E3 2001 Hands-onStuntman

As a budding stuntman, it's your job to fulfill the director's wishes. The team from Driver brings its Hollywood-inspired driving game Stuntman to E3.


In a private meeting away from the show floor, Infogrames was displaying its Hollywood-inspired driving game Stuntman. Developed by Reflections, the same company responsible for the Driver series, the game tasks the player with completing a series of stunts for a demanding movie director.

The action in Stuntman is a direct homage to popular Hollywood films and TV shows from the past 20 years, including such favorites as The Man with the Golden Gun; Lock, Stock, and Two Smoking Barrels; and Dukes of Hazzard. Stuntman will feature six different locations: London, Switzerland, Monaco, Louisiana, Bangkok, and a bonus arena track. Each location will contain between two and four film shoots, the sum total of which will be combined into an end-of-shooting movie trailer.

Before each area, the director tells you the specific stunt combination he'd like you to perform. For the most part, the stunt driving will require you to execute a number of spinouts, jumps, and death-defying crashes involving a bevy of prop scenery. One level will call for you to leap through a moving train car, while another will send you flying over a wide riverbed. A 75-percent rating will move you to the next shoot, while failure will shatter your car into a collection of tiny bits. At the end of each shoot, Stuntman will piece together your stunts with rendered movie footage and display the presentation in a Hollywood-style movie trailer. These trailers can then be saved and viewed later as often as you wish.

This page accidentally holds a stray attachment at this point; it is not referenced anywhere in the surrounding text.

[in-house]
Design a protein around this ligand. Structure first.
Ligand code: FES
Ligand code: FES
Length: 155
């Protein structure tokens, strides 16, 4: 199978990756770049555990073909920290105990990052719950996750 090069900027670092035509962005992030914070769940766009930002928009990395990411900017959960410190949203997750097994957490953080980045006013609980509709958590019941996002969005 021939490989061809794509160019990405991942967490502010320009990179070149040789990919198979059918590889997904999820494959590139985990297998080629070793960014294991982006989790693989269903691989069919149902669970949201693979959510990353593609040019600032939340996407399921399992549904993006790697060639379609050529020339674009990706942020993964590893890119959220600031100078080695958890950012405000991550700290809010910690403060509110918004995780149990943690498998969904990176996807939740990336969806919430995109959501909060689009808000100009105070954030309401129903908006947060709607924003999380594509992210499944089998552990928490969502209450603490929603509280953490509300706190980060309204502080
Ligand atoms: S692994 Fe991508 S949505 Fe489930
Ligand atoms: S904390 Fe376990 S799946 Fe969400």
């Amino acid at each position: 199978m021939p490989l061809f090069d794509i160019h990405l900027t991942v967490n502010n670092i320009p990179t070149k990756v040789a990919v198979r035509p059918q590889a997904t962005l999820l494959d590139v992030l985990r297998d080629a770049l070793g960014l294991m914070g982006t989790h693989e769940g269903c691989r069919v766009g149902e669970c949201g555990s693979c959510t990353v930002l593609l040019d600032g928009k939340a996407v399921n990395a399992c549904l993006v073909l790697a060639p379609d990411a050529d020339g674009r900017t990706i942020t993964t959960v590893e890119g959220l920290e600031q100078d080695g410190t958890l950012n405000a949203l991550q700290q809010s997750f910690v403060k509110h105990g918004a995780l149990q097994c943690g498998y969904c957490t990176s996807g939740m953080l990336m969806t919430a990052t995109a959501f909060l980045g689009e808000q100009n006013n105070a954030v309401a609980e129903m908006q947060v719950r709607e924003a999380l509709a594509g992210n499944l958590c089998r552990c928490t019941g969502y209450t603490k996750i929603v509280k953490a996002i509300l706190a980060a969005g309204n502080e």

Since the game itself is only 20 percent complete, Stuntman's visuals are currently lacking in detail and clarity. The car models are complete, but background buildings and streets are limited to textured cubic structures and a few signs here and there. When completed, the game will feature a different car for each of the 20 filming areas. The car models aren't official re-creations, but knockoffs of the Aston Martin, Shelby Cobra, and Ford Capri are already quite noticeable. While the game features a realistic driving model, car damage is arcadelike in execution, as doors, fenders, and hoods were falling off with vaudevillian frequency during the exhibition.

We weren't given much play time with the game, but in the short time we spent with it, the similarities to Driver were apparent. The control scheme is exactly the same. As such, careful monitoring of speed and the mastery of skids is important to completing stunts. One thing we really liked about the game was the fact that not only can you drive over buildings, but you can also go inside them. Since the doors and windows of most buildings are breakaway objects, you can actually drive around inside the hotels, pubs, and churches scattered around the movie sets. Small details, such as a knock-away DSS dish on the roof of one building, also give the game a sense of life.

Stuntman is scheduled for release in mid-2002.

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